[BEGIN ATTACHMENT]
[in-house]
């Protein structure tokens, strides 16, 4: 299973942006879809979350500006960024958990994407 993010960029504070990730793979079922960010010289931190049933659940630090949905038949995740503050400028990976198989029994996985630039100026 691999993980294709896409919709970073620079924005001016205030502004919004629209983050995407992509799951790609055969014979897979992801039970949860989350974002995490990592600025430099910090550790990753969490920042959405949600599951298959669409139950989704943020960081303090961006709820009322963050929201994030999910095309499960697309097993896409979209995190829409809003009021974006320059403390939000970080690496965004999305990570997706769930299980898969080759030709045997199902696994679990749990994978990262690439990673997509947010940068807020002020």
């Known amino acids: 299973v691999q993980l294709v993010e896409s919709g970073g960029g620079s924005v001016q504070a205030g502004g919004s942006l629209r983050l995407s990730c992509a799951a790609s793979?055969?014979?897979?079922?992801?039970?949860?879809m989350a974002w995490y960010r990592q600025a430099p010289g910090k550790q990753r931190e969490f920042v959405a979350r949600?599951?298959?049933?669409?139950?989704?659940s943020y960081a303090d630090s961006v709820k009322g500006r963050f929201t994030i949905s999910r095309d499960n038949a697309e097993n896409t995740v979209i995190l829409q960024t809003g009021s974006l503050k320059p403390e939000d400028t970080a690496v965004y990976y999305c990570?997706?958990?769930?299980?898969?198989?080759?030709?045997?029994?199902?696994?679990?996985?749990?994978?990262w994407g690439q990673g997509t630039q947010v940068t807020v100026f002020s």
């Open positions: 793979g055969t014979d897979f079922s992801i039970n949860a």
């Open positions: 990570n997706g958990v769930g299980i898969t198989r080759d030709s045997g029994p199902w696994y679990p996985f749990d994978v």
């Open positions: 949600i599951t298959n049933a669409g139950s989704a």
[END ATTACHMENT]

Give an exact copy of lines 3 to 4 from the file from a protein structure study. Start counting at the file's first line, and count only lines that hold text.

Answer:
């Known amino acids: 299973v691999q993980l294709v993010e896409s919709g970073g960029g620079s924005v001016q504070a205030g502004g919004s942006l629209r983050l995407s990730c992509a799951a790609s793979?055969?014979?897979?079922?992801?039970?949860?879809m989350a974002w995490y960010r990592q600025a430099p010289g910090k550790q990753r931190e969490f920042v959405a979350r949600?599951?298959?049933?669409?139950?989704?659940s943020y960081a303090d630090s961006v709820k009322g500006r963050f929201t994030i949905s999910r095309d499960n038949a697309e097993n896409t995740v979209i995190l829409q960024t809003g009021s974006l503050k320059p403390e939000d400028t970080a690496v965004y990976y999305c990570?997706?958990?769930?299980?898969?198989?080759?030709?045997?029994?199902?696994?679990?996985?749990?994978?990262w994407g690439q990673g997509t630039q947010v940068t807020v100026f002020s």
């Open positions: 793979g055969t014979d897979f079922s992801i039970n949860a």